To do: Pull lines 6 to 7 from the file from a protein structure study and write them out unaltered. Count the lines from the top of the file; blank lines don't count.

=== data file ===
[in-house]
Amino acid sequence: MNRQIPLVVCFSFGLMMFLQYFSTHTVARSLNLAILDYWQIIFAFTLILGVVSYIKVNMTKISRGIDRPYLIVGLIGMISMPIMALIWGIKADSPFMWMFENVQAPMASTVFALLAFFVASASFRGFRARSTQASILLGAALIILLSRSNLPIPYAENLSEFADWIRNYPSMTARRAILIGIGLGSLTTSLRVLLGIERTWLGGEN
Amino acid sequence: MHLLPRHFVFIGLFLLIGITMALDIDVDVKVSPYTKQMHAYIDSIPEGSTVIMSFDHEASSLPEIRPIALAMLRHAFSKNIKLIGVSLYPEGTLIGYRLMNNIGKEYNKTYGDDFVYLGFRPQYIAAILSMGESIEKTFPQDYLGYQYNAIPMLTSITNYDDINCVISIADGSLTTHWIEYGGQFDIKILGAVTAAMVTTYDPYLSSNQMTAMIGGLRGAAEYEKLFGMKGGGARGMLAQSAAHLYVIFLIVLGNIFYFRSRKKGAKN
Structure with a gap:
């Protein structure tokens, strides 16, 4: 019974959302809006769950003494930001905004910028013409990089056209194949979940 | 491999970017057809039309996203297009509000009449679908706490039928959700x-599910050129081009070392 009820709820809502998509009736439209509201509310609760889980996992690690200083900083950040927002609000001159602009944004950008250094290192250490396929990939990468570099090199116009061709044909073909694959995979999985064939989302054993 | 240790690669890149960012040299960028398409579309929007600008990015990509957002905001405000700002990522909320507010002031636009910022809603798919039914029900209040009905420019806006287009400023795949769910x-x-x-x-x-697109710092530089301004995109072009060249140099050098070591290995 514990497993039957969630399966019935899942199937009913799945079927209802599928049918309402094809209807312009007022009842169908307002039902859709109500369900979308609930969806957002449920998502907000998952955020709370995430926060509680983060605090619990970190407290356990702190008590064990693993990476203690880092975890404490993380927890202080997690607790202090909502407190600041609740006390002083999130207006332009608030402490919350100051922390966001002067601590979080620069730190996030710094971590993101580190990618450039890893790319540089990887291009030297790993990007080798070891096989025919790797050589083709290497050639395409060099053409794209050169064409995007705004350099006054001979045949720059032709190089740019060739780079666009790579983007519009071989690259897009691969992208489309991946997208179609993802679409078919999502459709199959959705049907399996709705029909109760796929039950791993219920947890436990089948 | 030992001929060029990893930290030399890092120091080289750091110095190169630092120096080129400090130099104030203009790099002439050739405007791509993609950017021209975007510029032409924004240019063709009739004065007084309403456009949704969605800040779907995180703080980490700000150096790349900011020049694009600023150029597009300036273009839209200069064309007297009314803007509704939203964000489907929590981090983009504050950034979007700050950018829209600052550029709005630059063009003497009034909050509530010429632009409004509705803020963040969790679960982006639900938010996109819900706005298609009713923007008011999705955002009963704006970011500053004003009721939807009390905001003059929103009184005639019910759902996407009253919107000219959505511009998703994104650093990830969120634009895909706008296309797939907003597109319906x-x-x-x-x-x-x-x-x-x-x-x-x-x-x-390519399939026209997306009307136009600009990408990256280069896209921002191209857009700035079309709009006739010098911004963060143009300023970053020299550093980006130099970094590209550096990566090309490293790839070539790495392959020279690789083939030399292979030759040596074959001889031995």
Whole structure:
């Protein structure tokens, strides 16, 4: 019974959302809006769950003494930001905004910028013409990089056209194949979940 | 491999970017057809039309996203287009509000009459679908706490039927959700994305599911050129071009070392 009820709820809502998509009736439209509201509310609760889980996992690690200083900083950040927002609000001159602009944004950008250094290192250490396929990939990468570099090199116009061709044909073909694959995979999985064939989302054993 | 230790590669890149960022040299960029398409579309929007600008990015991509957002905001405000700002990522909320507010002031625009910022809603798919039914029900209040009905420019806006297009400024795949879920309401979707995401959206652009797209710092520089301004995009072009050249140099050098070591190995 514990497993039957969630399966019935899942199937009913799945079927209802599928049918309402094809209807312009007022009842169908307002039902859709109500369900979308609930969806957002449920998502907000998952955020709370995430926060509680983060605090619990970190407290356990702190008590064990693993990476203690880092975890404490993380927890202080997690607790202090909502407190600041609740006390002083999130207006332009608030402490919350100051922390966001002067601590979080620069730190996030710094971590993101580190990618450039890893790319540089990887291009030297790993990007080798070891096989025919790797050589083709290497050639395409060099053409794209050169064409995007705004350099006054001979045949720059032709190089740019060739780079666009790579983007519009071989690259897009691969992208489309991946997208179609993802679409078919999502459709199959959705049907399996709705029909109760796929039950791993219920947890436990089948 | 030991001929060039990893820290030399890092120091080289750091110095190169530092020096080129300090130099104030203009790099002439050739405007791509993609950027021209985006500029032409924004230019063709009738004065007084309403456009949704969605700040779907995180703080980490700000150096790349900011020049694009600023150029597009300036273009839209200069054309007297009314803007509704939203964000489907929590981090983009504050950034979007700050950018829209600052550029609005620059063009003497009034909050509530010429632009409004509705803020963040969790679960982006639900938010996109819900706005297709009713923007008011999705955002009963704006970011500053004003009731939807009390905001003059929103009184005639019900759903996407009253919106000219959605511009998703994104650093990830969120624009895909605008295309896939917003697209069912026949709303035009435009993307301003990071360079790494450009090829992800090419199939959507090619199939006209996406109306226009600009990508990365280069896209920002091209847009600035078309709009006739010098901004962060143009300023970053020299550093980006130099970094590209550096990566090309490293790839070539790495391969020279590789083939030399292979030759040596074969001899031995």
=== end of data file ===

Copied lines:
Whole structure:
């Protein structure tokens, strides 16, 4: 019974959302809006769950003494930001905004910028013409990089056209194949979940 | 491999970017057809039309996203287009509000009459679908706490039927959700994305599911050129071009070392 009820709820809502998509009736439209509201509310609760889980996992690690200083900083950040927002609000001159602009944004950008250094290192250490396929990939990468570099090199116009061709044909073909694959995979999985064939989302054993 | 230790590669890149960022040299960029398409579309929007600008990015991509957002905001405000700002990522909320507010002031625009910022809603798919039914029900209040009905420019806006297009400024795949879920309401979707995401959206652009797209710092520089301004995009072009050249140099050098070591190995 514990497993039957969630399966019935899942199937009913799945079927209802599928049918309402094809209807312009007022009842169908307002039902859709109500369900979308609930969806957002449920998502907000998952955020709370995430926060509680983060605090619990970190407290356990702190008590064990693993990476203690880092975890404490993380927890202080997690607790202090909502407190600041609740006390002083999130207006332009608030402490919350100051922390966001002067601590979080620069730190996030710094971590993101580190990618450039890893790319540089990887291009030297790993990007080798070891096989025919790797050589083709290497050639395409060099053409794209050169064409995007705004350099006054001979045949720059032709190089740019060739780079666009790579983007519009071989690259897009691969992208489309991946997208179609993802679409078919999502459709199959959705049907399996709705029909109760796929039950791993219920947890436990089948 | 030991001929060039990893820290030399890092120091080289750091110095190169530092020096080129300090130099104030203009790099002439050739405007791509993609950027021209985006500029032409924004230019063709009738004065007084309403456009949704969605700040779907995180703080980490700000150096790349900011020049694009600023150029597009300036273009839209200069054309007297009314803007509704939203964000489907929590981090983009504050950034979007700050950018829209600052550029609005620059063009003497009034909050509530010429632009409004509705803020963040969790679960982006639900938010996109819900706005297709009713923007008011999705955002009963704006970011500053004003009731939807009390905001003059929103009184005639019900759903996407009253919106000219959605511009998703994104650093990830969120624009895909605008295309896939917003697209069912026949709303035009435009993307301003990071360079790494450009090829992800090419199939959507090619199939006209996406109306226009600009990508990365280069896209920002091209847009600035078309709009006739010098901004962060143009300023970053020299550093980006130099970094590209550096990566090309490293790839070539790495391969020279590789083939030399292979030759040596074969001899031995």